Hamilton and his older brother were the illegitimate sons of James Hamilton, a Scottish trader, and Rachel Faucett Lavien, who was married to another man. He was born on the Caribbean island of Nevis. His father abandoned the family (or his mother left him) on St. Croix when he was young and he and his mother lived with her relatives. She died in 1768, but he and his older brother were left destitute after her legal husband successfully sued for all of their mother's estate. The boys were made wards of their cousin, but he died very soon afterwards.
The boys were separated, with Alexander going to live with his best friend's family until he sailed for the American colonies in 1772. He soon became part of the colonists' struggle for independence and wrote revolutionary pamphlets, including part of The Federalist. He joined the colonial army in 1775 or 6 and quickly became George Washington's aide. He was elected to the Continental Congress in 1782 but resigned in 1783 and became a lawyer in New York, although he continued in politics until his death in 1804 in a duel with Aaron Burr.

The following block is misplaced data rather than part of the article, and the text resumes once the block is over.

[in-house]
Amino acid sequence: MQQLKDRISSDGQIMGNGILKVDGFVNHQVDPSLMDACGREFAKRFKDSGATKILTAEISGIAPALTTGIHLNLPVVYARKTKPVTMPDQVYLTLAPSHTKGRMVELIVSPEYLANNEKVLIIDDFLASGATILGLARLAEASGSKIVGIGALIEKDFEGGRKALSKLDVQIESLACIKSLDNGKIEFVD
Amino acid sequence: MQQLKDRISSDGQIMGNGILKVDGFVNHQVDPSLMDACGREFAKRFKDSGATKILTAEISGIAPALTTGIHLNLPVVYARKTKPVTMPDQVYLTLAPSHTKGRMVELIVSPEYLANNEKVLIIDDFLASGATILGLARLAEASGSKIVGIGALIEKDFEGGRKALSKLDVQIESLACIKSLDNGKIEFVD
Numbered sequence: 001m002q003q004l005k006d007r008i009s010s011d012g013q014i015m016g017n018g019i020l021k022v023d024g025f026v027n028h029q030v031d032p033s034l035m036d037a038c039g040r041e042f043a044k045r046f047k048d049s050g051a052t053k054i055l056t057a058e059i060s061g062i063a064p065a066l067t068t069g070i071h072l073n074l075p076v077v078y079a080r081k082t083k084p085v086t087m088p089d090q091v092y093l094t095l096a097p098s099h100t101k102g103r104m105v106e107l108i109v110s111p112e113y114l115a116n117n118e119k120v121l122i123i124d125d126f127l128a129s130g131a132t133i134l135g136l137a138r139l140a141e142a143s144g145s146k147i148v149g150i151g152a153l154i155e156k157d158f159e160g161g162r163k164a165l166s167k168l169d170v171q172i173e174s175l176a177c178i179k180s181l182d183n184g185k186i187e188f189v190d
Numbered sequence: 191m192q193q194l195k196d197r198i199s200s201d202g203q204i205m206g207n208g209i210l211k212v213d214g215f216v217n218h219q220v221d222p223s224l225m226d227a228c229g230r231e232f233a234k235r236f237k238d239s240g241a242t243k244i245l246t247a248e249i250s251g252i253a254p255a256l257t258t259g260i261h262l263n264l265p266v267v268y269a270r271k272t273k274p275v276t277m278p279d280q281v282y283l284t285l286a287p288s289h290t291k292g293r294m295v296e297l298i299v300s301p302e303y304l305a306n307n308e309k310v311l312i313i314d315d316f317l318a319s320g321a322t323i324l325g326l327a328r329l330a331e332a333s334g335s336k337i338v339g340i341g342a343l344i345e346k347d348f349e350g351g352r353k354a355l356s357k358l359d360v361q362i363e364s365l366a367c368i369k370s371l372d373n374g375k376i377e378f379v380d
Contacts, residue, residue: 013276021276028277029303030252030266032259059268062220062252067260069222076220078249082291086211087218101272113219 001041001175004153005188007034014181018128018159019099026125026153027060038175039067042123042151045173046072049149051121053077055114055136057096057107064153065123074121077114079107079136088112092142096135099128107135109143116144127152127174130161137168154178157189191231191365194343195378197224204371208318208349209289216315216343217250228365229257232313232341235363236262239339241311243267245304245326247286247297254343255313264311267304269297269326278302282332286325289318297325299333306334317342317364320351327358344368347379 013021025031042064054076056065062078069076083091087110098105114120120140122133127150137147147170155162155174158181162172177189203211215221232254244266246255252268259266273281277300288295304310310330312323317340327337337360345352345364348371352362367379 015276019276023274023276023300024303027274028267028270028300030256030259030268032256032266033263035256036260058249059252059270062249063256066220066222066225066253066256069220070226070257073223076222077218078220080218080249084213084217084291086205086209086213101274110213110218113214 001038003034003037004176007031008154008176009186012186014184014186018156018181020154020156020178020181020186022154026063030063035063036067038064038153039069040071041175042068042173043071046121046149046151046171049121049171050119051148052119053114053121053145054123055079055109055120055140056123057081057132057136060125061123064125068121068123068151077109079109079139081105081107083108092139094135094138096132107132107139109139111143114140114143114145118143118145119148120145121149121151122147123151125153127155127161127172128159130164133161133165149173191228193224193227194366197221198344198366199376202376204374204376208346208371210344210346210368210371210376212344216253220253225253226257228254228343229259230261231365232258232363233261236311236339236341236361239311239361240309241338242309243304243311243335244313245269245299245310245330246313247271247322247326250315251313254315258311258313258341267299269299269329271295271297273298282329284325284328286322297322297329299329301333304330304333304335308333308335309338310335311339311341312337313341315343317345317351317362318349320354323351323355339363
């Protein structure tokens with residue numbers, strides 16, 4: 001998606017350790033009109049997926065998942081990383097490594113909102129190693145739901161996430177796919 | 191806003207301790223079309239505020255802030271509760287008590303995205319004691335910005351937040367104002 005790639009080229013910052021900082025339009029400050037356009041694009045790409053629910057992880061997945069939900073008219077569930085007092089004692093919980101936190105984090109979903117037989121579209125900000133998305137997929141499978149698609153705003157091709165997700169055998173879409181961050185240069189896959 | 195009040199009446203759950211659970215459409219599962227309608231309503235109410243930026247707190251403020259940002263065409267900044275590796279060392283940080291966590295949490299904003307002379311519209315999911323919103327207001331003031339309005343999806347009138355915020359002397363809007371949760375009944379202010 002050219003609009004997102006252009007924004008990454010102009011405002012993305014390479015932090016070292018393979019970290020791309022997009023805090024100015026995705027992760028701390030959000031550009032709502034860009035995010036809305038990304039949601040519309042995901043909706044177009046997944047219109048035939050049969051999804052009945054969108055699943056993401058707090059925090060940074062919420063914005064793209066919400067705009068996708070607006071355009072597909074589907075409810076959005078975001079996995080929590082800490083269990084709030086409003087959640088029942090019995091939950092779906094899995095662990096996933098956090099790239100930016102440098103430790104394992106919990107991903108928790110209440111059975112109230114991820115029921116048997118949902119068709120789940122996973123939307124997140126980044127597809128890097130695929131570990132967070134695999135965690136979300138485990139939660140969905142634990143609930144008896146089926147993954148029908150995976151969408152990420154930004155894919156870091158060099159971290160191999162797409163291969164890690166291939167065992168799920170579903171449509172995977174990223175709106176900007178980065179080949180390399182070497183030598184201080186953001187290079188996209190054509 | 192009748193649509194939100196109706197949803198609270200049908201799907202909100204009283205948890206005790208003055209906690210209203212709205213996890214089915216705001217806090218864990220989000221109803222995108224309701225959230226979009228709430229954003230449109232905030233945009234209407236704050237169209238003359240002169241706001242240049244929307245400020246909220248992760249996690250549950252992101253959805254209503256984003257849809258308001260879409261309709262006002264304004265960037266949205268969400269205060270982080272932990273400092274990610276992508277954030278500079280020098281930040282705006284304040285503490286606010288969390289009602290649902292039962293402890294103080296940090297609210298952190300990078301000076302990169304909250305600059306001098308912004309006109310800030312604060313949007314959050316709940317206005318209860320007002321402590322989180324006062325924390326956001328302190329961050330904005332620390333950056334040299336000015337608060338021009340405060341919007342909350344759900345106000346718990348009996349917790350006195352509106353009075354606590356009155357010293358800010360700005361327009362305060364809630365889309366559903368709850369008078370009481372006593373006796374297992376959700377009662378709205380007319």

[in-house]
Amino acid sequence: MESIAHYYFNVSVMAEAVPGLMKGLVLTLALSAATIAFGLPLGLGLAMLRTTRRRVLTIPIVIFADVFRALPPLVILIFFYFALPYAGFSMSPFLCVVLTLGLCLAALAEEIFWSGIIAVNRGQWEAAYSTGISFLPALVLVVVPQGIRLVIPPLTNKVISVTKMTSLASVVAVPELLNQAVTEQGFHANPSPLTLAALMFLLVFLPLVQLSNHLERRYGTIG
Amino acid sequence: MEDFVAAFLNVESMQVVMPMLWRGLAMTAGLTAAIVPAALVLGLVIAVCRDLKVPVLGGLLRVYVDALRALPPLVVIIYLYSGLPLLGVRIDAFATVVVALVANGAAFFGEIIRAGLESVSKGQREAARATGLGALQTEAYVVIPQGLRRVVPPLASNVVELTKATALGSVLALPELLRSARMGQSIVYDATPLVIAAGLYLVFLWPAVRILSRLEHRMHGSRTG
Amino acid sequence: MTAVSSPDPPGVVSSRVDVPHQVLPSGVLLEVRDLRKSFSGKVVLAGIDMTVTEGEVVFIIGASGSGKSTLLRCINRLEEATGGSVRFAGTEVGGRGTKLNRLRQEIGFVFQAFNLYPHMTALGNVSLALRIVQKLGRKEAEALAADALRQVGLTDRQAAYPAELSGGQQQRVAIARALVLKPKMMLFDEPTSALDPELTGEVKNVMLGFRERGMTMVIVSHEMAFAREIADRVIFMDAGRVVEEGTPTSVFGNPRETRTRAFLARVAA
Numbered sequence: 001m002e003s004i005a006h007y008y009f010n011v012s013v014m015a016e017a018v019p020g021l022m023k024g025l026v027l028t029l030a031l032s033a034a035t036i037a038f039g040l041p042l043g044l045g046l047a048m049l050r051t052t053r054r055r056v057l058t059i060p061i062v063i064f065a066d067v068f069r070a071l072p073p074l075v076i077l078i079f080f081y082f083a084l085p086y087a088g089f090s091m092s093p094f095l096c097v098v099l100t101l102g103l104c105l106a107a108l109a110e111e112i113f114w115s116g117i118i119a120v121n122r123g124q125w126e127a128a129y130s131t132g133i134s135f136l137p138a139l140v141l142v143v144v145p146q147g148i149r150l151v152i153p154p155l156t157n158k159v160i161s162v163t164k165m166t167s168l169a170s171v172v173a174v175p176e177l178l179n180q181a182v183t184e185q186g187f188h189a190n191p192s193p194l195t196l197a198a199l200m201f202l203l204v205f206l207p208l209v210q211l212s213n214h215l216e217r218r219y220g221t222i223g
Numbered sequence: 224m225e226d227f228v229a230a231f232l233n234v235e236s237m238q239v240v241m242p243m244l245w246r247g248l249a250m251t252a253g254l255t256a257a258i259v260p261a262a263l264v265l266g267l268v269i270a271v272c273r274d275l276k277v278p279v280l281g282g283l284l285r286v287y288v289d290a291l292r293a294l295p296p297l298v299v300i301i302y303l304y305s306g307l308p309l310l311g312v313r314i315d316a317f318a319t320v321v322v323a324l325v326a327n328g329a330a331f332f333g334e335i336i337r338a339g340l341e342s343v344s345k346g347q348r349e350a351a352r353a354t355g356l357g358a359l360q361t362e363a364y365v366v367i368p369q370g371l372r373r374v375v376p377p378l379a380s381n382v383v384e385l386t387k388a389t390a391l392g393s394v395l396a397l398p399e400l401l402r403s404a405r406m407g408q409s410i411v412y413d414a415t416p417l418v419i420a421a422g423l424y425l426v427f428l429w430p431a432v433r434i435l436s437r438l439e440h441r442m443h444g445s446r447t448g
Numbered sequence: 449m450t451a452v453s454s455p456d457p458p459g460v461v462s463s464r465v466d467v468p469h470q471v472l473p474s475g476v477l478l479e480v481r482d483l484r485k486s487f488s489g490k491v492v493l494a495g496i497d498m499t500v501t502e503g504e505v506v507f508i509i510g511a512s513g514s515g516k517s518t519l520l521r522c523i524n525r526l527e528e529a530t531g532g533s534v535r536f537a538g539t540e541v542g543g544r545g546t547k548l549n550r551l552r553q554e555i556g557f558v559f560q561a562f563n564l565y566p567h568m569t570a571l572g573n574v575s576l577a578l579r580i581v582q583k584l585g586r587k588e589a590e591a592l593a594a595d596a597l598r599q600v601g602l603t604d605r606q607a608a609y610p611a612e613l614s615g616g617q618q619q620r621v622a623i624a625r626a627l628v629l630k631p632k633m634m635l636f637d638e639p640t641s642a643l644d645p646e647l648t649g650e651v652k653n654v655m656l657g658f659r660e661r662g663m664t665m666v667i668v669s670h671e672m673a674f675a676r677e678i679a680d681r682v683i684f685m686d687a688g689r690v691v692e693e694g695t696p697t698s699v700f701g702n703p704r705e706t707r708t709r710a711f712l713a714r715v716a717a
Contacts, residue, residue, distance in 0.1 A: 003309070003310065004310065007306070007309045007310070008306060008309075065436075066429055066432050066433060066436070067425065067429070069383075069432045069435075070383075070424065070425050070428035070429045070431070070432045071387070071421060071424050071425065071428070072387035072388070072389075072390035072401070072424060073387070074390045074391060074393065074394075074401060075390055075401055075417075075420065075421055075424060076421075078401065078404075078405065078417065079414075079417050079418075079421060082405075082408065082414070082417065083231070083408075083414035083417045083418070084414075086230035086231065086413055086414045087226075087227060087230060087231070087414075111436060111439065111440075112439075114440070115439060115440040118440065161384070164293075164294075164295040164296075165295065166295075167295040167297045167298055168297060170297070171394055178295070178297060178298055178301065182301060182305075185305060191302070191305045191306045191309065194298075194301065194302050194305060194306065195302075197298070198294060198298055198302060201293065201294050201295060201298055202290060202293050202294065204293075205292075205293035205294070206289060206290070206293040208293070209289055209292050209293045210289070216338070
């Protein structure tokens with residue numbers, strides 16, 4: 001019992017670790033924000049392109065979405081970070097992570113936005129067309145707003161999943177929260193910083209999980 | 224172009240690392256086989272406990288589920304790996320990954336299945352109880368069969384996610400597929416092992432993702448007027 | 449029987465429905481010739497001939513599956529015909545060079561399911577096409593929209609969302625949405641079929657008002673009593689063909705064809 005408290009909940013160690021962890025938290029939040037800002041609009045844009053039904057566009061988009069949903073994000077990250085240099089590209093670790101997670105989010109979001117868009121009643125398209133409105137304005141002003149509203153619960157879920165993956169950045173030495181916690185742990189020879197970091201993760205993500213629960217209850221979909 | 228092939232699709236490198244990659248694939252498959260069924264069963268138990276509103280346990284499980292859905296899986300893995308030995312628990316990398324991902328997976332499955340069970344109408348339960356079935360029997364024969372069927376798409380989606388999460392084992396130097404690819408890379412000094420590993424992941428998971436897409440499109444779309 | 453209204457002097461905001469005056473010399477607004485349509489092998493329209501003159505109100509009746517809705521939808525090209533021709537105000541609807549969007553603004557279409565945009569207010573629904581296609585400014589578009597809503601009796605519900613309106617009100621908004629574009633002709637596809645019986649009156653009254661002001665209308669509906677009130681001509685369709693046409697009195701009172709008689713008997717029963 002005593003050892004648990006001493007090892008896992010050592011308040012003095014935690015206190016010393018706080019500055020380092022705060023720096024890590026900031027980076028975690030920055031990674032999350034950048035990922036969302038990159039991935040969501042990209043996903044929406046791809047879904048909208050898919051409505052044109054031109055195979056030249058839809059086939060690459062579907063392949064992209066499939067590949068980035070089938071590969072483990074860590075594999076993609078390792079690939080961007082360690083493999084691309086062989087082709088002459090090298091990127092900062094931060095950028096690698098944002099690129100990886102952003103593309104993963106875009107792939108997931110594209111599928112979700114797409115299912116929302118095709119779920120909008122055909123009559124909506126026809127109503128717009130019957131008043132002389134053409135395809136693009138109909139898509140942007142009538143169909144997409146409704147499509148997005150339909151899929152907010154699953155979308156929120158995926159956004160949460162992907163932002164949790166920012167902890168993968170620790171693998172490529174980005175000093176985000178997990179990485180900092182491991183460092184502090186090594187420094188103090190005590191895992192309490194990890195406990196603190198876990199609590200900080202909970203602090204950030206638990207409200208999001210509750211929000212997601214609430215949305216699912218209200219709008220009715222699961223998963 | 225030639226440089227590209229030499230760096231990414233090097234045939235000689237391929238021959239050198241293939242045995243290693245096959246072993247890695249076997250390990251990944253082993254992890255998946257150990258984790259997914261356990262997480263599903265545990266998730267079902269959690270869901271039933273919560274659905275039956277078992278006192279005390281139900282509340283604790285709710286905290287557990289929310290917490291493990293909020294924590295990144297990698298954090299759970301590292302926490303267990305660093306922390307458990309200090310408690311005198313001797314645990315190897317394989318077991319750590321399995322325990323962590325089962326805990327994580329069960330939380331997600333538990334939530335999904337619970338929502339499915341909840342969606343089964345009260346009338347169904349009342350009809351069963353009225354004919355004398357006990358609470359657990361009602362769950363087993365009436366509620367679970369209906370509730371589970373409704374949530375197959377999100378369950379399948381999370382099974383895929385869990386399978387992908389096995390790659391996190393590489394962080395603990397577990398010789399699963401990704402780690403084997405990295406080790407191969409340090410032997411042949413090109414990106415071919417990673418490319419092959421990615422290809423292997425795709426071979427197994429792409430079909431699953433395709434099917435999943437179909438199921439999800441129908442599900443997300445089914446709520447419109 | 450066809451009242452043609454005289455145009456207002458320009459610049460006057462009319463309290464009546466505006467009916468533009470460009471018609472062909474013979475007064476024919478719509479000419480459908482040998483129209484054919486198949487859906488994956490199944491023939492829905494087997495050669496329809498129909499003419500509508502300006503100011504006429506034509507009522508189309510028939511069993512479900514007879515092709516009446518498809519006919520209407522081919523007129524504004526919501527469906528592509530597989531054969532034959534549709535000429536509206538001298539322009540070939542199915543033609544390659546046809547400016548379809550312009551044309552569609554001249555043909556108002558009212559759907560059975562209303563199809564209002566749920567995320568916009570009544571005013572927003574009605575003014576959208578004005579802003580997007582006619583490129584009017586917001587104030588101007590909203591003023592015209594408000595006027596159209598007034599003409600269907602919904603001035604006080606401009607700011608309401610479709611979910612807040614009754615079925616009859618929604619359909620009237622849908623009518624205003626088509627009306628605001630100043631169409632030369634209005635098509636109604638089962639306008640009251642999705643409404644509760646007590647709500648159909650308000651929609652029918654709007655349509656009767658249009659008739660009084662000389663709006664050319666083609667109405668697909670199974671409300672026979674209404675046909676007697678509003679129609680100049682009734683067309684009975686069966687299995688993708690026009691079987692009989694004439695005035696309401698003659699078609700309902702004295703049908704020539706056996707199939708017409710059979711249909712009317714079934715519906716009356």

He reorganized the US financial system in the 1790s, after Washington appointed him the country's first secretary of the treasury (1789-95). There are counties in eight US states named for him.
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